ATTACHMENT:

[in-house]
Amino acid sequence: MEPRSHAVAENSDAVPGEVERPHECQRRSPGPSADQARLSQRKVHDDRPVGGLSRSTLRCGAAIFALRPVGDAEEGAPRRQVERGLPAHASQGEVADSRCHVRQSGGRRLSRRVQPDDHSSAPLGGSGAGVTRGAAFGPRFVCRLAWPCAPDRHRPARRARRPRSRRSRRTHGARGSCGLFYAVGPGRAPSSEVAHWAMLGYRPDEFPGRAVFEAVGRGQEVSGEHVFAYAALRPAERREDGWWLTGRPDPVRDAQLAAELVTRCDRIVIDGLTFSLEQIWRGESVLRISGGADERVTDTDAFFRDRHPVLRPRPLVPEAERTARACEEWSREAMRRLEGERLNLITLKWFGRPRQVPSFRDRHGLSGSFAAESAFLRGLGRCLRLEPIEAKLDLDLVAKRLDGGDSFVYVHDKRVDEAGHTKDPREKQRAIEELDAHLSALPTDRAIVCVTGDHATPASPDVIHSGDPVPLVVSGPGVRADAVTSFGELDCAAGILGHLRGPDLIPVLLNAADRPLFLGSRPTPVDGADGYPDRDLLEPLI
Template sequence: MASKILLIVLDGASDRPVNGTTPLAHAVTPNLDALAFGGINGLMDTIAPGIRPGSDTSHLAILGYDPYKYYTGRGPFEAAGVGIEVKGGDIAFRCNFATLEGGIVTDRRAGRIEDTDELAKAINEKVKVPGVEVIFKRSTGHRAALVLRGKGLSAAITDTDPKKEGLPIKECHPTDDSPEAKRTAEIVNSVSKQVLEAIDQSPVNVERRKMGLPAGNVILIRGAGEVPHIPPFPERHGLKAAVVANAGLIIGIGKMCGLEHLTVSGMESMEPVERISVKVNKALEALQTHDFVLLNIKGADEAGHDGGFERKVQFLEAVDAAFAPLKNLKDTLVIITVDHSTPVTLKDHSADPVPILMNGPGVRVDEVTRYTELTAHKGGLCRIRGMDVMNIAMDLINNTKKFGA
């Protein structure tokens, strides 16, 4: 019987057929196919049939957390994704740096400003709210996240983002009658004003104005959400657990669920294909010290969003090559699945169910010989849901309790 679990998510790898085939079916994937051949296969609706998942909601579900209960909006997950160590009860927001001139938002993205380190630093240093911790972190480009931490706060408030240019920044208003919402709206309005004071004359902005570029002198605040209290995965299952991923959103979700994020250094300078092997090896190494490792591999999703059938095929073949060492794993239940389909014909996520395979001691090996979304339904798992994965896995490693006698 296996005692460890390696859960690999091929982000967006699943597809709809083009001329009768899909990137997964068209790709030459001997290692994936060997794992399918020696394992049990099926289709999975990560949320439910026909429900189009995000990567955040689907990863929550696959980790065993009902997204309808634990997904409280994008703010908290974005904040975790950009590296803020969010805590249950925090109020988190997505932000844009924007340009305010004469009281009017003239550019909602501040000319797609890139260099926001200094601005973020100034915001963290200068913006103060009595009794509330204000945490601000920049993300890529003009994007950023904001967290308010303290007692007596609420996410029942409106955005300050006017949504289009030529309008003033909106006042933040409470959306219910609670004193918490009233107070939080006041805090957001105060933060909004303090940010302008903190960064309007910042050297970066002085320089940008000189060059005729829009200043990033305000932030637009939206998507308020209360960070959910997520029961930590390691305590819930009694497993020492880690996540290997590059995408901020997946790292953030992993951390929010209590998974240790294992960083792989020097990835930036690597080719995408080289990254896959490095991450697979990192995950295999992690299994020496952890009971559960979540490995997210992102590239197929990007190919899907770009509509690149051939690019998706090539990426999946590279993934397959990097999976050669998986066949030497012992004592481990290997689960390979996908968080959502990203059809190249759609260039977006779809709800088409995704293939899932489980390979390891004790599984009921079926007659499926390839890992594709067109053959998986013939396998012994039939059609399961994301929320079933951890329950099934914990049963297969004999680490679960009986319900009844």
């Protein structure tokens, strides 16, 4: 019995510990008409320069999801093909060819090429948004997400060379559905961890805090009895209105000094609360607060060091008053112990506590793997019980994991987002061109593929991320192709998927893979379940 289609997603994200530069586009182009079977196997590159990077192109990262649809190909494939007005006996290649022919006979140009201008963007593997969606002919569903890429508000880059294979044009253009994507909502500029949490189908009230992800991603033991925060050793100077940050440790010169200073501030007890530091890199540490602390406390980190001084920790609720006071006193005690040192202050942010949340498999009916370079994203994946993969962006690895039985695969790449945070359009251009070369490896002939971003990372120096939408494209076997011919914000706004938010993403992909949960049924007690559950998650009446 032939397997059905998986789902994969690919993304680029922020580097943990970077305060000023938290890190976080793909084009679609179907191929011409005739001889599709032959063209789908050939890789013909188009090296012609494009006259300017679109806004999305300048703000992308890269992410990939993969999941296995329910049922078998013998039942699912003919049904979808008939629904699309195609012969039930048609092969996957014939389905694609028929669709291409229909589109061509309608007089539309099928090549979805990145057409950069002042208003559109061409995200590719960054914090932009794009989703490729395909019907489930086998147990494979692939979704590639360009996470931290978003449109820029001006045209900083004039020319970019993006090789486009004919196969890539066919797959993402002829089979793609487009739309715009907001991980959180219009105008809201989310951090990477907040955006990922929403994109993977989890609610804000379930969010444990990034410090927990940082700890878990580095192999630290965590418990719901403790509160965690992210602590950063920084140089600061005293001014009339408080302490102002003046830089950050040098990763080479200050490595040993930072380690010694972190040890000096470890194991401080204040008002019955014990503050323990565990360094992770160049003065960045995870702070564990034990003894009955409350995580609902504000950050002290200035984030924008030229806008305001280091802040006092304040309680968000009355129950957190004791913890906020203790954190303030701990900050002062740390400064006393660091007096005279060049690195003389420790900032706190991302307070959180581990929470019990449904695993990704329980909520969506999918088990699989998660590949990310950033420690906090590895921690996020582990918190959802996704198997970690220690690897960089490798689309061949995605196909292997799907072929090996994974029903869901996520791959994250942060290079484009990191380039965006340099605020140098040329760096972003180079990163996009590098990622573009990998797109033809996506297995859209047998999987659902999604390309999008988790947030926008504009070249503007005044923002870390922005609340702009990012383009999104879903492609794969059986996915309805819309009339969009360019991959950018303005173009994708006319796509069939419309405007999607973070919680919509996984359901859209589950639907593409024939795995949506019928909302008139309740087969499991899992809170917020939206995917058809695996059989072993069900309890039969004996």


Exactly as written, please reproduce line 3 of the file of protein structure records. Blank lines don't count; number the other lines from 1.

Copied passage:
Template sequence: MASKILLIVLDGASDRPVNGTTPLAHAVTPNLDALAFGGINGLMDTIAPGIRPGSDTSHLAILGYDPYKYYTGRGPFEAAGVGIEVKGGDIAFRCNFATLEGGIVTDRRAGRIEDTDELAKAINEKVKVPGVEVIFKRSTGHRAALVLRGKGLSAAITDTDPKKEGLPIKECHPTDDSPEAKRTAEIVNSVSKQVLEAIDQSPVNVERRKMGLPAGNVILIRGAGEVPHIPPFPERHGLKAAVVANAGLIIGIGKMCGLEHLTVSGMESMEPVERISVKVNKALEALQTHDFVLLNIKGADEAGHDGGFERKVQFLEAVDAAFAPLKNLKDTLVIITVDHSTPVTLKDHSADPVPILMNGPGVRVDEVTRYTELTAHKGGLCRIRGMDVMNIAMDLINNTKKFGA